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How businesses can take a stand – and stick to their knitting

Corporate and M&A
Protest in Melbourne
In the context of the confused public debate around whether business leaders should weigh into contested social issues, partner Jeremy Lanzer says the law provides welcome clarity.

Writing in the Australian Financial Review, Jeremy says much of the commentary has conflated two interrelated but distinct questions.

“The first question concerns the extent to which boards of listed companies should consider the interests and expectations of those beyond their security holders,” Jeremy writes.

“The second question being tossed around over recent weeks by politicians, business leaders and commentators is whether it is legitimate for a director or an executive of a listed company to take a public stand on major social issues.”

Where boards and executives judge that it will contribute to the long-term business success and value of a corporation, Jeremy says the Corporations Act gives them ample scope to allocate value to stakeholders other than shareholders, and also to take up social causes.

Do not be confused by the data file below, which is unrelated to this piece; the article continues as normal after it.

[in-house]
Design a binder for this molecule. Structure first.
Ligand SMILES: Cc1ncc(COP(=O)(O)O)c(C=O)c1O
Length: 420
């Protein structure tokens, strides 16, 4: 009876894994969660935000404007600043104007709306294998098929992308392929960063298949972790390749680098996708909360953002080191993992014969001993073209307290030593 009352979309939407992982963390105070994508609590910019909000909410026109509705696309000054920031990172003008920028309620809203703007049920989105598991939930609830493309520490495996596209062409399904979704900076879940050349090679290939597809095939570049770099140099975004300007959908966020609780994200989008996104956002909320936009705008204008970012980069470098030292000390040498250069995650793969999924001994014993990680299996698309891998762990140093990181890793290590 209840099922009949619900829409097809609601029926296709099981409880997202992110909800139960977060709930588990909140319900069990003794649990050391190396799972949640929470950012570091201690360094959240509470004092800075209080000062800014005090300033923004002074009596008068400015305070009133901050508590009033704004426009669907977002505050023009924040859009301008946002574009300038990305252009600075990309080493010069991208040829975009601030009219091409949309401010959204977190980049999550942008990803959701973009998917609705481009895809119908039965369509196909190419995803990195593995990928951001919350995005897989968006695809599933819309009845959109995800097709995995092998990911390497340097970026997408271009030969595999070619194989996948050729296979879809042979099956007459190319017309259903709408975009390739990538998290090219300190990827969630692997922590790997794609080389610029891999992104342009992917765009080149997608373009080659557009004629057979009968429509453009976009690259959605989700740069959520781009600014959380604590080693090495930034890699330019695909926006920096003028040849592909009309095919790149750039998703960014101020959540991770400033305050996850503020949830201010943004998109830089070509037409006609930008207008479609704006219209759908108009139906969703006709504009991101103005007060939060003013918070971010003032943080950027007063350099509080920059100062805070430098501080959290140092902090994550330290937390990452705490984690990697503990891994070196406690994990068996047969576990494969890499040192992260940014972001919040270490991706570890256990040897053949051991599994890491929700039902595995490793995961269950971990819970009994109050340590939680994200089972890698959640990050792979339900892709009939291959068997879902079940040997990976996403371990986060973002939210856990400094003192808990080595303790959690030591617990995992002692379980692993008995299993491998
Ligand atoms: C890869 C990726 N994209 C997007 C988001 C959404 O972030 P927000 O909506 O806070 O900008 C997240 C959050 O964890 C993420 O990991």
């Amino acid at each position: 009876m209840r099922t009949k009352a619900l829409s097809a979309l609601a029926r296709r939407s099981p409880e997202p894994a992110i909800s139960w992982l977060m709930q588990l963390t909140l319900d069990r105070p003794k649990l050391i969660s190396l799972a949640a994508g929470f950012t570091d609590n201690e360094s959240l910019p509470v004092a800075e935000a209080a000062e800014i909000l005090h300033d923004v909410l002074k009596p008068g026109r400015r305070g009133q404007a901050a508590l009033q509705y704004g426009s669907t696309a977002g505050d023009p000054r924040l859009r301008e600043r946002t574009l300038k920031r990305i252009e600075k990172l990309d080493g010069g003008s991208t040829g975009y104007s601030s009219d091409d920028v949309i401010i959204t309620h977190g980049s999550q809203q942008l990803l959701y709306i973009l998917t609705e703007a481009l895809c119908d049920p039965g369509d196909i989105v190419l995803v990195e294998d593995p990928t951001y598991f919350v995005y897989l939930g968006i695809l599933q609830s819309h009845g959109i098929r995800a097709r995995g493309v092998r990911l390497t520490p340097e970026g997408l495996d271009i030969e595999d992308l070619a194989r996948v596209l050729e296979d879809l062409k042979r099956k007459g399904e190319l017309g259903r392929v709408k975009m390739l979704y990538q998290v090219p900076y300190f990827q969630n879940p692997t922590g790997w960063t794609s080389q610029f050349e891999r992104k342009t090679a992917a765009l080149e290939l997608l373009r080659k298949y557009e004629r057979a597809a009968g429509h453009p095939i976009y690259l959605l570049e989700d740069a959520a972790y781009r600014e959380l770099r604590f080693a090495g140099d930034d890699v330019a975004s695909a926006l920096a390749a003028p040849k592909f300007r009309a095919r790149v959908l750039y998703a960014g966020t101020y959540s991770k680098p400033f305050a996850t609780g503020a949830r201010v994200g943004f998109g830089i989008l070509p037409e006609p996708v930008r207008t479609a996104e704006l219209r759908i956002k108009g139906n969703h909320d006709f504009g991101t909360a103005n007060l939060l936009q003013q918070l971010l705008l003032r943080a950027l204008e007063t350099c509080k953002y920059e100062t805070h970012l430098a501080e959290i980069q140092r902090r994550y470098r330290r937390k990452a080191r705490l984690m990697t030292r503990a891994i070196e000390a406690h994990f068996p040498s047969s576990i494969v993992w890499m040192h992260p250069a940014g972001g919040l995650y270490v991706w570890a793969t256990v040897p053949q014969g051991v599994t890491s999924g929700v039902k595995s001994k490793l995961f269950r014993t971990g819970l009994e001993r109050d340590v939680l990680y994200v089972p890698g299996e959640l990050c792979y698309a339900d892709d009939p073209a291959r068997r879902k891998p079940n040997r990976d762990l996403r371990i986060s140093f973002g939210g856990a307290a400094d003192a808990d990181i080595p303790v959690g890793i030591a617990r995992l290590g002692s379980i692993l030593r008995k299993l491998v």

“Rather than lecturing business leaders on who they should listen to and on what kinds of issues, commentators on different sides of this debate should simply refer back to the law to reassure themselves that the right checks, balances and obligations are already in place.”

Jeremy Lanzer, Partner

“Rather than lecturing business leaders on who they should listen to and on what kinds of issues, commentators on different sides of this debate should simply refer back to the law to reassure themselves that the right checks, balances and obligations are already in place.”

To read the full article, click here.

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